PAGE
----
Old Newspaper Collections Project

By Clayton, Deb, & Holice

Jackson County Tornado, 1872


Extra special thanks to Holice B. Young for being such a trooper and typing a ton of old news articles! Without her this project wouldn't be here!


Detroit Daily Press, 1872


Jackson County--A Tornado--A Stray Team--Patent Rights Swindle--other Criminal items--Accidental Hanging.

Jackson, July 20

Jackson county is never behind the times in the way of extraordinary occurrences, and by way of being in the fashion the township of Waterloo was visited on Sunday last by a tornado, which a great deal of damage to growing crops and buildings. Mr. D. L. Ball is the heaviest sufferer, having had destroyed about 180 bushels of wheat, and two large fields of corn. Messrs. Daniel Lautis an Levi Lules also lost heavily by the tornado, which was accompanied by rain and very large hailstones.

Yesterday morning sheriff Shaw found a horse and buggy wandering around the streets and "took 'em in," after a fashion he has. The owner is wanted to prove property, etc. The supposition is that they were stolen, driven to this point, and then abandoned by the thieves.

The city authorities of Flint interviewed our water works and the officers of the same yesterday, with a view of inaugurating a similar system of water supply to their city.

Mr. Frank Fisk, of Grass Lake, is another victim of the patent right swindle. He has had Messrs. Quigley & Burroughs, the alleged swindlers, arrested on a charge of false pretenses.

Mark and Wm. Simmons, of Grass Lake, were arrested yesterday on a charge of selling diseased meat to Dettman & Weber, of this city. The offense was committed in May. They were admitted to bail by Justice Sammons.

Last night a burglar was discovered trying to effect a entrance into Gregg's bakery, but becoming alarmed he "lit out" before the arrival of policemen.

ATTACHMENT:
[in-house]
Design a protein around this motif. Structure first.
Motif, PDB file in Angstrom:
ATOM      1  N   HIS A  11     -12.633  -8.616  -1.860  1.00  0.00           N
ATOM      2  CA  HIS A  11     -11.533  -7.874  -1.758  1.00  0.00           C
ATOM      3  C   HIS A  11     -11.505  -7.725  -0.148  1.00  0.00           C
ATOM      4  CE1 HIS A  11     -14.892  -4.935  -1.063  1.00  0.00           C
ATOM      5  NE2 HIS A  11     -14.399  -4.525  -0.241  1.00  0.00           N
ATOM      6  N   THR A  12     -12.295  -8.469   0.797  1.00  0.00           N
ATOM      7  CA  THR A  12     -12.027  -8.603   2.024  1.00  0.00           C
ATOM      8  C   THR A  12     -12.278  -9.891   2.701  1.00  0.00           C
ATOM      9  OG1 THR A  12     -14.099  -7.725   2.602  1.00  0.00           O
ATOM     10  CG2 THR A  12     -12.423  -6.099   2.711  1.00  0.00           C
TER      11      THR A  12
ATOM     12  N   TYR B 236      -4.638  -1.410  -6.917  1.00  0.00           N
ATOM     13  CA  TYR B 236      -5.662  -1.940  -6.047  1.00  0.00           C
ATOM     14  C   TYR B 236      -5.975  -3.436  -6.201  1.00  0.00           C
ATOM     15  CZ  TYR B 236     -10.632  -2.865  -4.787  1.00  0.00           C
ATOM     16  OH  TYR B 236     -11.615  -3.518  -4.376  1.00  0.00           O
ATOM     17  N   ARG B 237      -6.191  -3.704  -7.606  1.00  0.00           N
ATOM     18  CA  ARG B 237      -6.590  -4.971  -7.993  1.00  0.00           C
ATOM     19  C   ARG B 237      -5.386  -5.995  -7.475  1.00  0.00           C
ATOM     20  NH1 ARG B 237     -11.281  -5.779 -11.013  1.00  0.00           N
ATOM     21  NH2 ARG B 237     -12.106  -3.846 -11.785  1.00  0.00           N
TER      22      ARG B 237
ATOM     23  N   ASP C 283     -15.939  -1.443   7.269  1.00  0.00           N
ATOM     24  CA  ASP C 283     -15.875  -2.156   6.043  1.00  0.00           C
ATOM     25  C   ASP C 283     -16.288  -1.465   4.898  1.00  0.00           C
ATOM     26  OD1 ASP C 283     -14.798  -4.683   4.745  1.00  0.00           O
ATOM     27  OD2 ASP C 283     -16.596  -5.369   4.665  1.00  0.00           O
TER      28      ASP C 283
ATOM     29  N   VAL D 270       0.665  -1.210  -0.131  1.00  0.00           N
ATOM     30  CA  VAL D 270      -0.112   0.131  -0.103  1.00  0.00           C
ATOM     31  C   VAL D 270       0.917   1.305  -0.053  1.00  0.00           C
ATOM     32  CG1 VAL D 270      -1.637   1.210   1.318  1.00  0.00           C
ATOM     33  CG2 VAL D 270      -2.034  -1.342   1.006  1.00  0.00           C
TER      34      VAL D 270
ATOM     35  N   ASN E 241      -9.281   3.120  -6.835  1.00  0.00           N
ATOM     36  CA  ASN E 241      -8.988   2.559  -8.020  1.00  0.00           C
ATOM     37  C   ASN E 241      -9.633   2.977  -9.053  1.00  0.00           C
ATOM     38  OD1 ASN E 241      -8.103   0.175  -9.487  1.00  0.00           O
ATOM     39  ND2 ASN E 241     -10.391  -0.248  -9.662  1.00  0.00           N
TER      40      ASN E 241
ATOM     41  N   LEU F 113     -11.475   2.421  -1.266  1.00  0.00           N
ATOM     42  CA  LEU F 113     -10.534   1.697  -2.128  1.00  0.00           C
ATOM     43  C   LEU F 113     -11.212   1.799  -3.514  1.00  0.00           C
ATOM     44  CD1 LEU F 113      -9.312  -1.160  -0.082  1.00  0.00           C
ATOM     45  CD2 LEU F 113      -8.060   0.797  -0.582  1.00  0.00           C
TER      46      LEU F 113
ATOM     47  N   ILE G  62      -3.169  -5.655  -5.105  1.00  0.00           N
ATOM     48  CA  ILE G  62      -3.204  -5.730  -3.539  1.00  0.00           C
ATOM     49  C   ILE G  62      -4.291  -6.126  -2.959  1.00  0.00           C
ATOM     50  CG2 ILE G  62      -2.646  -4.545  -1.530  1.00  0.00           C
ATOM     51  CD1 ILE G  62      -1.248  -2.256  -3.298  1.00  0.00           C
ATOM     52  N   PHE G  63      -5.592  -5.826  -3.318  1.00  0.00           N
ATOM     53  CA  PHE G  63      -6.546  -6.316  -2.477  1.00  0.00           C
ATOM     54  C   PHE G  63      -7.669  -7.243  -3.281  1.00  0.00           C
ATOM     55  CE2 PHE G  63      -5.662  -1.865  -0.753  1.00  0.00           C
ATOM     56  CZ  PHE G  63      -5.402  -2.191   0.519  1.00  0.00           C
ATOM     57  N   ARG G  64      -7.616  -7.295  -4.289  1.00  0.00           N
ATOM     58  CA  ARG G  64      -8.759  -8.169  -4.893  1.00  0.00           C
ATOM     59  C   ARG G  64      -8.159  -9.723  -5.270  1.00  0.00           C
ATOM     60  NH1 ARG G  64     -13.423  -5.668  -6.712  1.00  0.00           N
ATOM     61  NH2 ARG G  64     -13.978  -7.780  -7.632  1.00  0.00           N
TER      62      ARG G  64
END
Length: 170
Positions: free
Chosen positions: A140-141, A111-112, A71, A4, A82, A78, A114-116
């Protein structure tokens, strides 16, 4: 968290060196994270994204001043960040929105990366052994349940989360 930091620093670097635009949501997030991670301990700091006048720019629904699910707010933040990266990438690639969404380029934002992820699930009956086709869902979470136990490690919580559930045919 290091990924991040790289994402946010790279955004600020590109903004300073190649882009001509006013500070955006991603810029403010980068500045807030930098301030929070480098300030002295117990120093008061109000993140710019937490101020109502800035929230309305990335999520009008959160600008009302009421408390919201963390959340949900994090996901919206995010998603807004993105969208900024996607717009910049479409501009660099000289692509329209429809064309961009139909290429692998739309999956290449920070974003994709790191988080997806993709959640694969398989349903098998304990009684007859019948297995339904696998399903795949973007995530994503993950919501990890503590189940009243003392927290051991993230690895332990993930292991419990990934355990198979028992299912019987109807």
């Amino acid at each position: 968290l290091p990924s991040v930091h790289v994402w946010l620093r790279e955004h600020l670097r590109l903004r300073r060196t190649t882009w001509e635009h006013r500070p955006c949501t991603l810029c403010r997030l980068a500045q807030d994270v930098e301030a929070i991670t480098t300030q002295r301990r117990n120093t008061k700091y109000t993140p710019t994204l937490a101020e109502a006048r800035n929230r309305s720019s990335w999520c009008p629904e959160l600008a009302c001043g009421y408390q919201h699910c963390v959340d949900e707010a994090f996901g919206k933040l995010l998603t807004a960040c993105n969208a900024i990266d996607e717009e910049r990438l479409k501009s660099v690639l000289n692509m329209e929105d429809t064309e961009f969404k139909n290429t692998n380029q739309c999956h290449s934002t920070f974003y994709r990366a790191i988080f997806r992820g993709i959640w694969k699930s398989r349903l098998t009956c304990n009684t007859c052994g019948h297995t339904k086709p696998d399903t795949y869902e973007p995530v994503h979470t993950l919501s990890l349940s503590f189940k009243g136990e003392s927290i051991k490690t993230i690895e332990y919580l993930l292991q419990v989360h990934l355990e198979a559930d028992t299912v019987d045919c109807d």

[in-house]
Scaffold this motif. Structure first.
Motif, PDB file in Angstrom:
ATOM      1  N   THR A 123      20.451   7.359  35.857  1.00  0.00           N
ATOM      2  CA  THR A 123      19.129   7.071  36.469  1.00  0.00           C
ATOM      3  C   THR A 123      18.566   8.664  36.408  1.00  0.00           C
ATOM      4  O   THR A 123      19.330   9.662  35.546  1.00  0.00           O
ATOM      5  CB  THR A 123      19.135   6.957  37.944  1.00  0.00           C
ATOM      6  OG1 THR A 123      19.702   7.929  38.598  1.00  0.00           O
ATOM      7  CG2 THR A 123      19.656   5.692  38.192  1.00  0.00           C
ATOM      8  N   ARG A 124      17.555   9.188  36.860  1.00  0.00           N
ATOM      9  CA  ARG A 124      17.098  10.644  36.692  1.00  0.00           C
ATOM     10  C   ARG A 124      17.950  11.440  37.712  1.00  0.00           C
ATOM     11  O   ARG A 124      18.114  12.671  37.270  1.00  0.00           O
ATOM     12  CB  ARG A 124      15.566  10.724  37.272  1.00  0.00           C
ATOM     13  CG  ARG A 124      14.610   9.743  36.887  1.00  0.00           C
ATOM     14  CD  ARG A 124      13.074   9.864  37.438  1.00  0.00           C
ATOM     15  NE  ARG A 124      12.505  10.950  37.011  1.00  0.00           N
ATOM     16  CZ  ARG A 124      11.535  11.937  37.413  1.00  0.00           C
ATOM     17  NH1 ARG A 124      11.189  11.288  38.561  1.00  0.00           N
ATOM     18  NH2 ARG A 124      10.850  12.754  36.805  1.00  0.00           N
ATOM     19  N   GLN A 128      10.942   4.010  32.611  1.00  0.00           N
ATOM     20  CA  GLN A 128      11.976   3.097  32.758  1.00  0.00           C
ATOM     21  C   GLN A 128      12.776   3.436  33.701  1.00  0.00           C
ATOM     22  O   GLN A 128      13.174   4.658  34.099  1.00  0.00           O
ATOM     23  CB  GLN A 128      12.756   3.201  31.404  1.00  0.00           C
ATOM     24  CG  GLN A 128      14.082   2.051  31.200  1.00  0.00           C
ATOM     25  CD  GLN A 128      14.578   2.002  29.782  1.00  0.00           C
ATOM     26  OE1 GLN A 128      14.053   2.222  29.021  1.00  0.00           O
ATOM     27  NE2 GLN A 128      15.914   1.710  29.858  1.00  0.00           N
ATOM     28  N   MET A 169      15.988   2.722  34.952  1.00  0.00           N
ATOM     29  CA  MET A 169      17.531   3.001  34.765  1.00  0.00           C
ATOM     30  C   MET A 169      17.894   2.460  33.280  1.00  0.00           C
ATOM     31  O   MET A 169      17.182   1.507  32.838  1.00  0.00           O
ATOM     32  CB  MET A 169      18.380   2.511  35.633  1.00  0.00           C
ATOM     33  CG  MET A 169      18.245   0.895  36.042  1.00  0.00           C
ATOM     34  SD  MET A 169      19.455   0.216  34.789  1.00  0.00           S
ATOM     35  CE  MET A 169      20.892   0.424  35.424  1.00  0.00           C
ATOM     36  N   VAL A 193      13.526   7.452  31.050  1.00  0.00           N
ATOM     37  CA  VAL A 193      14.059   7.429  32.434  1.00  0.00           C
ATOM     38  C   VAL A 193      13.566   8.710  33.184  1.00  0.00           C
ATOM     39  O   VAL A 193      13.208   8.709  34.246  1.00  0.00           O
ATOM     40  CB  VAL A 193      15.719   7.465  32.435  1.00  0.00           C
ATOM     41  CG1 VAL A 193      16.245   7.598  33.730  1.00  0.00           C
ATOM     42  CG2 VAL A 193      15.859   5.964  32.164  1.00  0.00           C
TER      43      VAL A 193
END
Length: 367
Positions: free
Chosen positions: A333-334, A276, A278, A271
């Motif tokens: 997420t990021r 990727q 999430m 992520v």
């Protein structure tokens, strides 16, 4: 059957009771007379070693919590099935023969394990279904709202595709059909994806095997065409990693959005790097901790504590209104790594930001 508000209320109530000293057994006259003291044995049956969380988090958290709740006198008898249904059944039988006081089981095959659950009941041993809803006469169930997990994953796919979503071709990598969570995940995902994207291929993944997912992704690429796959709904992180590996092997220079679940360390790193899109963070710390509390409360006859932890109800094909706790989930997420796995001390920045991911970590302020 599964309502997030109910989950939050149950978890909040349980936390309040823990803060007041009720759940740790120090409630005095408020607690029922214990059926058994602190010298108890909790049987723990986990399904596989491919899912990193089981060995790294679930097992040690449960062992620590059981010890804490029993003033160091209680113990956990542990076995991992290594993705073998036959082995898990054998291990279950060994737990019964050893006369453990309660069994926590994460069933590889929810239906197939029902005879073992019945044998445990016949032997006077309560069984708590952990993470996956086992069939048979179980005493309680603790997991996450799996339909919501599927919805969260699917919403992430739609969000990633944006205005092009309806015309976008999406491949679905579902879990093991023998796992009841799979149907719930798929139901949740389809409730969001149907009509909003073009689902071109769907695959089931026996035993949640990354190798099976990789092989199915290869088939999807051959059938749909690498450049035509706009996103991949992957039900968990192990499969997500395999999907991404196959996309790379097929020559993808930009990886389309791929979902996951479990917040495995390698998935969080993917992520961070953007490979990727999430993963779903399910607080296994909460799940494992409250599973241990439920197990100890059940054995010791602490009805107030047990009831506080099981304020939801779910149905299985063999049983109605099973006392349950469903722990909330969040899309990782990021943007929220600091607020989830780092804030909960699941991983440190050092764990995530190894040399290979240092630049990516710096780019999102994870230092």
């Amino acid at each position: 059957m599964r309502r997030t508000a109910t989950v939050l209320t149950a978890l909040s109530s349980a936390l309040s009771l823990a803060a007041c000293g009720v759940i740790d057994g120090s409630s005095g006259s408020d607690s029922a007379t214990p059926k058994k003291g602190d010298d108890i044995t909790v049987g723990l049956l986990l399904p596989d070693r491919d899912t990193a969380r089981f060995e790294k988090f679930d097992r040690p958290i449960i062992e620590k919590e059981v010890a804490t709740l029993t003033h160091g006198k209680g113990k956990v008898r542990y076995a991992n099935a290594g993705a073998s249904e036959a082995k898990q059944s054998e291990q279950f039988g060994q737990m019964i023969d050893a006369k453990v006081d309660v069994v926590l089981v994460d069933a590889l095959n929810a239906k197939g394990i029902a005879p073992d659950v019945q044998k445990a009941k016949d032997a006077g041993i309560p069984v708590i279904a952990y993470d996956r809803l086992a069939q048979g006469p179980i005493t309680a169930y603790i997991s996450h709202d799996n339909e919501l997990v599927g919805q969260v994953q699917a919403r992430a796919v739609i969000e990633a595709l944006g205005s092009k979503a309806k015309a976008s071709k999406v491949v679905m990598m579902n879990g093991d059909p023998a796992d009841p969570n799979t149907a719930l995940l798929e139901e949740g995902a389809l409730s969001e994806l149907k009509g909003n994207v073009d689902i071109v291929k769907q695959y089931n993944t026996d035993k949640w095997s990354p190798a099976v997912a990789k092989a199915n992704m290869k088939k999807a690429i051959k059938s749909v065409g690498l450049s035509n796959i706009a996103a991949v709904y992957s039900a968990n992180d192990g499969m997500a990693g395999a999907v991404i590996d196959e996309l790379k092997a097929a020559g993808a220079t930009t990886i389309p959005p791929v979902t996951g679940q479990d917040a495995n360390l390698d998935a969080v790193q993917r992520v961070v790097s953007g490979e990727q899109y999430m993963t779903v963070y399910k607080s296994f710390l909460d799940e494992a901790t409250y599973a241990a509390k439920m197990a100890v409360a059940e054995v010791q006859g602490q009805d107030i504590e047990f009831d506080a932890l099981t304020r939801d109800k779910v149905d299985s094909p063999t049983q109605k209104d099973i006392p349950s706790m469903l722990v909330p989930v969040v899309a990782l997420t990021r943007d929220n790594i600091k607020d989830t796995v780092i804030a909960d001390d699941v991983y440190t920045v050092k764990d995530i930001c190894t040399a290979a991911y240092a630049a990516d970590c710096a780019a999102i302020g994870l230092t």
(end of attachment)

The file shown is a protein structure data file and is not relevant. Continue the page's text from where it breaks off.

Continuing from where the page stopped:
The number of "drunk and disorderly" arrests made by one policeman is large enough to satisfy any town of 25.000 inhabitants. Jackson is now a poor place to get drunk it.

Yesterday a son of Seneca Stevens, who is a resident of Sandstone, in this country, was accidentally hung in his father's barn. He was playing with a halter, which was fastened to a beam over the floor, and it appears that his head slipped into the halter in such a way that he could not extricate himself, and no help being near he strangled to death. His age was 11 years.

Kalamazoo--European Travelers--Old Settlers, Picnic--church Dedication.

Kalamazoo, July 20

The wheat harvest is competed and the gathering of the oats, barley and rye is in progress.

The subscriptions to Michigan Female Seminary fund are reported as coming in favorably.

Miss Emma Cameron, youngest daughter of the Hon. Alexander Cameron, of this village sailed on Wednesday last for Europe. She will meet the Stone family in Europe. Yesterday Mrs. Dr. Allen, of Chicago, and her daughter, recently married, passed through here en route for the Old Wold. They were met at the cars by a number of their old friends here, where Dr. and Mrs Allen formerly lived.

The old settlers' picnic, which comes off in this village on the 29th of this month, promises to be a grand affair, as it will be an assemblage of the oldest living representatives of that hardy band who first penetrated the forests and wildernesses of Western Michigan.

Copyright Clayton Betzing, 2001

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